Until recently, the United States has operated 22 U.S. military bases in Latin America, 800 worldwide. Now there are two more, one in Chile and another in Argentina.
Syrian rebels launched a series of attacks in Damascus on Tuesday, further undermining the shaky two-week-old UN-backed ceasefire.
Jarama Valley, the song inspired by one of the key battles of the Spanish civil war, gets another lease of life on a new CD marking the 75th anniversary of the conflict.
Günter Grass, a Nobel Literature Prize winner, causes anger and excitement with his poem "What Must Be Said". And the subject matter is war and peace.
The government belatedly released secret files dating back to British colonial rule in Kenya, Malaya and elsewhere that were once claimed to have been lost.
News that a gas extraction process which triggered two earthquakes is likely to resume brought a surge of protest bubbling to the surface on Tuesday.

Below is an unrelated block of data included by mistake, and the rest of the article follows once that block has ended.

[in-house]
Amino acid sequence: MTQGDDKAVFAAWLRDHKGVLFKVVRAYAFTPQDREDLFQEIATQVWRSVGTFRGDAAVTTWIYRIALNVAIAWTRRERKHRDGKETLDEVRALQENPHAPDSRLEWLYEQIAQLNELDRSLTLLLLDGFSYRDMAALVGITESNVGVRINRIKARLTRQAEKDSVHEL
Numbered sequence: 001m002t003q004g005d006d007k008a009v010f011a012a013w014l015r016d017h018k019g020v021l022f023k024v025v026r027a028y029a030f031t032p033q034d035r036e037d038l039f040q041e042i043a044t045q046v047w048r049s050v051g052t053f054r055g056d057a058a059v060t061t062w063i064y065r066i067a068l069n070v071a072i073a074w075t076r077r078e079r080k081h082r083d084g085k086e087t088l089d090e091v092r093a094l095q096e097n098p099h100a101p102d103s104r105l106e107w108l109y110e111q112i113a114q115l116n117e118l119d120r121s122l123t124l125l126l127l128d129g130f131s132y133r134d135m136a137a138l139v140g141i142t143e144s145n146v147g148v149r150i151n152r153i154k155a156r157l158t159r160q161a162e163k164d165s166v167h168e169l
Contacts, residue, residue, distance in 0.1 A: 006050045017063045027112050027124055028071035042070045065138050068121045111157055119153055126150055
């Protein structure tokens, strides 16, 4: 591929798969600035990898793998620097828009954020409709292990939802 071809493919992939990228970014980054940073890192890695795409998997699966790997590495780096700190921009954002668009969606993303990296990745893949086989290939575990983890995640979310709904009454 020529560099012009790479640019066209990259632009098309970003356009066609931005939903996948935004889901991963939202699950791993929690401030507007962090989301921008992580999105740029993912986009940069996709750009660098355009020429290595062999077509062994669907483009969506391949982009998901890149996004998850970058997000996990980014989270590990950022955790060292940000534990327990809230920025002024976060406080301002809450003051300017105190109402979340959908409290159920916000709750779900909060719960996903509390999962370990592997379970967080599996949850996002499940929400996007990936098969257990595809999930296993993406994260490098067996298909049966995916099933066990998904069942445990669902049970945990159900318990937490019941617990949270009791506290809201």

Summit of the Americas reflected a shift from the "Washington Consensus" to the "consensus without Washington."
In what appears to be part of a recent uptick in prejudicial attacks on the heavy metal community, 16 year-old metal fan Ben Moores was brutally kicked and beaten by a gang in Lancashire, England.
Argentinean President Cristina Fernandez presented a Bill to Congress April 16 that would empower her government to nationalize Spain's controlled oil company YPF.
Jim Yong Kim, the Korean-American president of Dartmouth College picked to lead the World Bank by President Obama, was confirmed today by a vote of the institution's 25-member executive board.